“Sudoku – or something very similar to it – was invented in the 1780s by Leonhard Euler, a mathematical virtuoso from Basle. When he lost his sight in early middle age and was unable to work from books, he developed the ability to compute complex sums in his head and a talent for composing puzzles. He invented a grid-based puzzle and named it ‘Latin squares’. It was, in all material aspects, identical to Sudoku, yet it remained barely noticed until it turned up – renamed the ‘number place game’ – in America in the 1980s. It was spotted by Nobuhiko Kanamoto, employee of a Japanese puzzle magazine. The Japanese made the game slightly more difficult and renamed it Sudoku, meaning ‘number single’. Today there are at least five Japanese Sudoku magazines with a total circulation of 660,000. It began appearing in [British newspaper] The Times and has since spread to every newspaper. A mobile phone version is up and running. TV pilots are being planned. Certainly nothing comparable has been seen since 100 million Rubik’s Cubes were sold in the early 1980s”.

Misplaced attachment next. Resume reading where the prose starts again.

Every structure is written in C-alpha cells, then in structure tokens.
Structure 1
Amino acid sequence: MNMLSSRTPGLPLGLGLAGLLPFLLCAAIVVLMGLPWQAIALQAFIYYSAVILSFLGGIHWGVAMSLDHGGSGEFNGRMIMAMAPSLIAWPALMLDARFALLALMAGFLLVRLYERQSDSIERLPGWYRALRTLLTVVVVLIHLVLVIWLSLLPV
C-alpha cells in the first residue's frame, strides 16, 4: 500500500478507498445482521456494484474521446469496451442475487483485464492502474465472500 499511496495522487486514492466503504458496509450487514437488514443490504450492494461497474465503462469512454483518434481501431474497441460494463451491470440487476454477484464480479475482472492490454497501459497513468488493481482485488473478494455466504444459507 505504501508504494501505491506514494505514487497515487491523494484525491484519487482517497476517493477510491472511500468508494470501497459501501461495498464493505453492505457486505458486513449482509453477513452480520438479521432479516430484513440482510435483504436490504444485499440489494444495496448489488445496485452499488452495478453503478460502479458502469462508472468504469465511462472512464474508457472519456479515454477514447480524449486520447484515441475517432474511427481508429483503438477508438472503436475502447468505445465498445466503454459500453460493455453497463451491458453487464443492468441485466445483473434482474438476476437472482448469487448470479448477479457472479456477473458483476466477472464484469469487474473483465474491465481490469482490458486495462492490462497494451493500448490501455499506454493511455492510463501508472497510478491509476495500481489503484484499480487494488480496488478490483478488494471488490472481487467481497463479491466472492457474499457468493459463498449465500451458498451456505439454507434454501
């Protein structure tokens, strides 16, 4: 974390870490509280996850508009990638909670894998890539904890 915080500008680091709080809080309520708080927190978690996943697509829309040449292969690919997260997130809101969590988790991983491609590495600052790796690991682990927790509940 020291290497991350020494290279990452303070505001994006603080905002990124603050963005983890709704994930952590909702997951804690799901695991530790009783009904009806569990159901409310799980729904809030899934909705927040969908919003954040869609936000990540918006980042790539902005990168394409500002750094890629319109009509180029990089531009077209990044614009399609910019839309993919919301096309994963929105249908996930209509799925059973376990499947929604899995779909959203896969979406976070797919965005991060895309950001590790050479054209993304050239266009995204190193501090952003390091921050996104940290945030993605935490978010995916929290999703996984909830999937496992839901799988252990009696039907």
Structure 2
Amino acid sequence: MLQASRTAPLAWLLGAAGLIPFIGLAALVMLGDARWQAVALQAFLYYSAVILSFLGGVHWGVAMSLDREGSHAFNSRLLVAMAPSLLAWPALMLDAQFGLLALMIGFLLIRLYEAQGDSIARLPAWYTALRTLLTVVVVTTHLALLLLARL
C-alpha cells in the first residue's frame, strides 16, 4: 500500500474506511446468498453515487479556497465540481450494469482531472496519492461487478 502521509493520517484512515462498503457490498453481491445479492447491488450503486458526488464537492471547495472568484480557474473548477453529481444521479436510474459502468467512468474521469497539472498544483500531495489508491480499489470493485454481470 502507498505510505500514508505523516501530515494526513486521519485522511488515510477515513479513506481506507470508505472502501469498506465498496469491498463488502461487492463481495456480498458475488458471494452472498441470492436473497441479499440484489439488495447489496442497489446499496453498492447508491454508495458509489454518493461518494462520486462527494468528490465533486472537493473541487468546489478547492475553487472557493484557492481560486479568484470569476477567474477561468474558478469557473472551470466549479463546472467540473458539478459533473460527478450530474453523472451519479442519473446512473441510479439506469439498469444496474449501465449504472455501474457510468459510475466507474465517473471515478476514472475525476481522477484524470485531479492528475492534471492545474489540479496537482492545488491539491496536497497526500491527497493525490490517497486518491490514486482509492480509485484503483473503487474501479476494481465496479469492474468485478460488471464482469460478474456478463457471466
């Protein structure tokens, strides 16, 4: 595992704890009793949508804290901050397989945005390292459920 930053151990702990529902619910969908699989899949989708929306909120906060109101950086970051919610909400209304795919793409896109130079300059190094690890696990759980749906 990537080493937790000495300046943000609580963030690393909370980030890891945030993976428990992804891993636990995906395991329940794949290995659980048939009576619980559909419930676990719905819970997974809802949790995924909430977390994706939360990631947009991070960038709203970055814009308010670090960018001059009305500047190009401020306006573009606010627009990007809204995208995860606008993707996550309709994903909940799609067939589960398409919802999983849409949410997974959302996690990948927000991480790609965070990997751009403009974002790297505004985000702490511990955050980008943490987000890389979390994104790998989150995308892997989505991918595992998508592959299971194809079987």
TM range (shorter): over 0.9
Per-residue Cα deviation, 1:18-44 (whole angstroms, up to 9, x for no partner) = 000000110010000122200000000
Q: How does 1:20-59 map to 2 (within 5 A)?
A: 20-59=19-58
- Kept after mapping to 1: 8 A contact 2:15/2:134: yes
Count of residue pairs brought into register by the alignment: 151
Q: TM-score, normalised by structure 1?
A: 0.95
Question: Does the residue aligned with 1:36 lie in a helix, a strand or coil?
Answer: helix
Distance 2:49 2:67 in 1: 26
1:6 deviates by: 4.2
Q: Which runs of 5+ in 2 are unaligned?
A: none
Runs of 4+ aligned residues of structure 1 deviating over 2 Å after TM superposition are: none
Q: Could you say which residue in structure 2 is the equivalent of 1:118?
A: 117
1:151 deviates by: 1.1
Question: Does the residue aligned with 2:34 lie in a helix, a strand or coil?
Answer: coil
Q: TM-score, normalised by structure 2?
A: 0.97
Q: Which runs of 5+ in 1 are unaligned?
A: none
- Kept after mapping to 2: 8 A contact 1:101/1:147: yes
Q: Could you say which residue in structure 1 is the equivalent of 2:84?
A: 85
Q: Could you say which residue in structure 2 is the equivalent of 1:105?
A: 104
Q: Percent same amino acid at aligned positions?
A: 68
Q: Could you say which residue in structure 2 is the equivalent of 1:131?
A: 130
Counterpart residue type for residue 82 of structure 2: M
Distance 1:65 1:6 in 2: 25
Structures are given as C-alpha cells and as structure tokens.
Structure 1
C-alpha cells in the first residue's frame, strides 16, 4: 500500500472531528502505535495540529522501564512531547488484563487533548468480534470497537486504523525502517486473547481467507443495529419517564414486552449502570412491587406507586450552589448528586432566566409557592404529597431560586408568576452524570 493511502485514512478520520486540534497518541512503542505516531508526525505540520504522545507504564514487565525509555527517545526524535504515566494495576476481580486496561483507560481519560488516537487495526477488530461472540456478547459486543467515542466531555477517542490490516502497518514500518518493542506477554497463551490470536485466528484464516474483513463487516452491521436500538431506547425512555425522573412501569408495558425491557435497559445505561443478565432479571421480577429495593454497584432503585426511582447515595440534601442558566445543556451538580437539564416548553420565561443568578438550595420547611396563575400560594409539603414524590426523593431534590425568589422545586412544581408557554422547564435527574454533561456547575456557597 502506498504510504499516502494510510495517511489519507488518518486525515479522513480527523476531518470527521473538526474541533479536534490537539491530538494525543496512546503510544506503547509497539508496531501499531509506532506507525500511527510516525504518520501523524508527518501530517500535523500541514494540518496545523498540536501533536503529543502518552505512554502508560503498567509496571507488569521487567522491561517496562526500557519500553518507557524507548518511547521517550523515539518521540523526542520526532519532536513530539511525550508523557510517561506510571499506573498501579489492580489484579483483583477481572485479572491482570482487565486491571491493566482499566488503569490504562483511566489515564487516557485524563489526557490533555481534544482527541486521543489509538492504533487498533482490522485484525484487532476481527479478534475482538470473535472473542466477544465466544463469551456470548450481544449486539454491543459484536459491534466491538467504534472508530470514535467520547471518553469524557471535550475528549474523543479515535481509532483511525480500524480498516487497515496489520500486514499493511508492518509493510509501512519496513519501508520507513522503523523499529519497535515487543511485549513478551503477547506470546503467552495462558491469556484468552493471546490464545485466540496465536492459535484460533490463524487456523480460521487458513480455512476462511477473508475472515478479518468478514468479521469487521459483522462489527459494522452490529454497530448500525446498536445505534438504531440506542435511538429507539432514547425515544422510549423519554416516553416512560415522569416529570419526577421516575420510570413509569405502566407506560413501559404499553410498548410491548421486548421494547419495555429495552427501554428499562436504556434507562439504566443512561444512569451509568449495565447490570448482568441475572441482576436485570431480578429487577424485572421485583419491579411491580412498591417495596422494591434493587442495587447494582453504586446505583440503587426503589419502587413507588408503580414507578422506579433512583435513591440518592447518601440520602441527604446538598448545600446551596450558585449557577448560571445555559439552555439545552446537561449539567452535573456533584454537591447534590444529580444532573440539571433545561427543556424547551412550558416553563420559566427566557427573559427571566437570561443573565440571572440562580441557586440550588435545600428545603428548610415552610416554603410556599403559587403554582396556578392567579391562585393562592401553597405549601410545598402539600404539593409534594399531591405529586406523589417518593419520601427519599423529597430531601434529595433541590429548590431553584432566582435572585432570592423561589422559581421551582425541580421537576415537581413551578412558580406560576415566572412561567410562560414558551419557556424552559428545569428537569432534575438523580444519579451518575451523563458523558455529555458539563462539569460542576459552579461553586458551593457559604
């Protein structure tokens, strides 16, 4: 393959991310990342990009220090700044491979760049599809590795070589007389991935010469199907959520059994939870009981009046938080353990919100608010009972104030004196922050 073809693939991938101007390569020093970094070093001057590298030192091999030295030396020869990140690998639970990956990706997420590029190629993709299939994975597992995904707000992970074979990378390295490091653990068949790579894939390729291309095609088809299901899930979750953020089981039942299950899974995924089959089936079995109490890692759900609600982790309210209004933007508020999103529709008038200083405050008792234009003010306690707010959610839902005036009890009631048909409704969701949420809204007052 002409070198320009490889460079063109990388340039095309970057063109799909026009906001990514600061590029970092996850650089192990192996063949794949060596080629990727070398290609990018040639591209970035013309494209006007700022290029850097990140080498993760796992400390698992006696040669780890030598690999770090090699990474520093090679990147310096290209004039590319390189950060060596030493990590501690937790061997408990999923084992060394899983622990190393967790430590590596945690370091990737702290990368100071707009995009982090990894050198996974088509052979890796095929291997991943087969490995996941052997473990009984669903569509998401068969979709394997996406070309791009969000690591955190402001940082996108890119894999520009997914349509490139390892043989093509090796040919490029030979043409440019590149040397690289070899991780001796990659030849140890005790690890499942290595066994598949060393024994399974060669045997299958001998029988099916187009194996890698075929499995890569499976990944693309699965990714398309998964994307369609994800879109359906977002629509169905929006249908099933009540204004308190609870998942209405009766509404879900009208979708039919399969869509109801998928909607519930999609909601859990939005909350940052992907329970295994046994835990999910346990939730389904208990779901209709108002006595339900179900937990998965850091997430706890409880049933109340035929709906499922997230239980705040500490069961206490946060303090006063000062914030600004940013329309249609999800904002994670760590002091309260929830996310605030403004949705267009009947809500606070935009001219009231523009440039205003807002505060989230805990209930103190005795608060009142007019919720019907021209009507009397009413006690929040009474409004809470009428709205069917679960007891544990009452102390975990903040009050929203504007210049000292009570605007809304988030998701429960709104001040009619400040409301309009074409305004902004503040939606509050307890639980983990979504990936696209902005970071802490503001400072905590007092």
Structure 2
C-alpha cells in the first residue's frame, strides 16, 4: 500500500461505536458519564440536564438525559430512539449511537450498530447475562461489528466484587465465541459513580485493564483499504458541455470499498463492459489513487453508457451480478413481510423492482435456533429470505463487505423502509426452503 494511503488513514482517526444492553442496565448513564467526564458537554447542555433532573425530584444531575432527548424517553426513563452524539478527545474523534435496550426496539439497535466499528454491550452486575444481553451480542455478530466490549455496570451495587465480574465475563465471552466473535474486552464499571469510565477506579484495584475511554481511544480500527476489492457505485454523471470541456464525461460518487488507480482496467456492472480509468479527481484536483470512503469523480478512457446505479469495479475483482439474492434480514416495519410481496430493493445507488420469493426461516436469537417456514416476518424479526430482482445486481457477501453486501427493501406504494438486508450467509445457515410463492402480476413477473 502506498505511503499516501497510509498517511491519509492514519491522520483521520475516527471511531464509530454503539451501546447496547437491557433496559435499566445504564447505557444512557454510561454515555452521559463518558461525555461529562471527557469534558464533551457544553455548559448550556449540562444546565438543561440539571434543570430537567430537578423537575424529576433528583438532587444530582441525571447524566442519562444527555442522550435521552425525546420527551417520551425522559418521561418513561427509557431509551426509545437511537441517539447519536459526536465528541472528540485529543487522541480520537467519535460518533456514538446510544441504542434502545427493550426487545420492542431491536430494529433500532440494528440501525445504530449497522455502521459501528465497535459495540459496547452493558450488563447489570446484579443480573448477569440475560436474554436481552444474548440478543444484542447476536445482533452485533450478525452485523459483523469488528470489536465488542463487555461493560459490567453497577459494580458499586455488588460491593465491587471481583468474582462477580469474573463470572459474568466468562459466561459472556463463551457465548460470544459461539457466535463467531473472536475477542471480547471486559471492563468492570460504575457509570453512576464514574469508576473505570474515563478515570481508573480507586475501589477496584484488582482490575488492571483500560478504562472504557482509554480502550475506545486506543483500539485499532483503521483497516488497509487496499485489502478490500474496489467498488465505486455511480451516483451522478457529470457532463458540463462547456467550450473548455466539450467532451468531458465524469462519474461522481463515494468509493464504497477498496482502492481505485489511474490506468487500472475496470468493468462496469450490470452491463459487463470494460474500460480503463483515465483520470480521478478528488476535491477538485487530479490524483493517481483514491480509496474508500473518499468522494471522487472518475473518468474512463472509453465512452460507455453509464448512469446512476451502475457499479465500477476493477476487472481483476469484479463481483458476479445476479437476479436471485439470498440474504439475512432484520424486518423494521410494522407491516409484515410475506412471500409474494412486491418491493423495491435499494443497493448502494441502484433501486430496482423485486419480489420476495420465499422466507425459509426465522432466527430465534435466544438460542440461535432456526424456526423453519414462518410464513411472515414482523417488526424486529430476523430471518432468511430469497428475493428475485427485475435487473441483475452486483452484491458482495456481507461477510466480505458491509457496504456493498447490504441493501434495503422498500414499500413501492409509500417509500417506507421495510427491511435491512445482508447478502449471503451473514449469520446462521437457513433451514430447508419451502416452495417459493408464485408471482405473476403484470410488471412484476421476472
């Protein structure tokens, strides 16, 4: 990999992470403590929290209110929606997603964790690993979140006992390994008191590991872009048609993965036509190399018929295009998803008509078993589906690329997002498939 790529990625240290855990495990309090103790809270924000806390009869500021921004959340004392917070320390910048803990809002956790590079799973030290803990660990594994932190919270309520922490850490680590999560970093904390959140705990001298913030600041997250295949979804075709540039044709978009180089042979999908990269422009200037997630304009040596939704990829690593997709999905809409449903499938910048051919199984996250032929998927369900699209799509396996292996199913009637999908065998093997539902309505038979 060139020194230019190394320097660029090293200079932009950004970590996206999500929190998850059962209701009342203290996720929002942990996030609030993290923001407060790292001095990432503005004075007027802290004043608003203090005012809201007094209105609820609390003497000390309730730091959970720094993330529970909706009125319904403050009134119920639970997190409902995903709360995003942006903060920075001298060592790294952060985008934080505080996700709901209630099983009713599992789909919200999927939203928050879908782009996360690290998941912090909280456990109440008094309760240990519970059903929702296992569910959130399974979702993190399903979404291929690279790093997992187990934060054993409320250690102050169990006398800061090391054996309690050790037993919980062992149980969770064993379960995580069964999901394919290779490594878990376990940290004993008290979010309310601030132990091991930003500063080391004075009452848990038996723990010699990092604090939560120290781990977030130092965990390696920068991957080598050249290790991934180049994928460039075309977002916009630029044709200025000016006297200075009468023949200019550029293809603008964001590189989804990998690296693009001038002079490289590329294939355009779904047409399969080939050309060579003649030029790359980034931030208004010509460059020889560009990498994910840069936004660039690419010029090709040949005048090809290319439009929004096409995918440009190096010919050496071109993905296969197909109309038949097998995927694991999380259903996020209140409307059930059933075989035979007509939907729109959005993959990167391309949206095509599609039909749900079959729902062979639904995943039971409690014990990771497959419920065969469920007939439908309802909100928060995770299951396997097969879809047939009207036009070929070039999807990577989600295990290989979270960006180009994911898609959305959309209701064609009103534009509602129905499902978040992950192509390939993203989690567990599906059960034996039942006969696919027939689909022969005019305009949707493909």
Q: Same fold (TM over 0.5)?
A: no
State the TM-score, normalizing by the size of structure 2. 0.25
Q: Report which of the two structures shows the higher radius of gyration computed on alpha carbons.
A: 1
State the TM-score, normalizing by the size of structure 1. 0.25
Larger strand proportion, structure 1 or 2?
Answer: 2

I’m not sure when I first came across Sudoku but I used to do (or at least try to do) the daily puzzle in The Guardian (in the days when I still read a daily newspaper). I had certainly been doing Sudoku puzzles for a while before I did my first media interview about them. I was even more surprised when some of my press comments made it into the preface of Alan Tan’s 2007 book Sudoku for Experts. I was quoted as saying:
“Part of the appeal is that it is relatively easy to play. No mathematics involved. Once grasped, the objective is childishly simple, yet infuriatingly difficult to achieve. It looks easy. But to do it well requires real thought. The rules are fairly simple, but the scope for skill is limitless. When you solve the problem you feel terrific”.
In the article in The Telegraph, Marcel Danesi, professor of semiotics at Toronto University (and author of The Puzzle Instinct) was interviewed about the popularity of Sudoku and was quoted as saying: “You cannot find a culture, no matter how technologically primitive or advanced, that does not have puzzle traditions”. I was also interviewed for the same article and was asked if Sudoku was something we should be worried about from an addiction perspective. My only comments that made it into the article reiterate what I said above:
“I don’t think it will be a problem as long as it remains an enthusiasm and doesn’t become an addiction. An enthusiasm gives you something. An addiction takes something away.”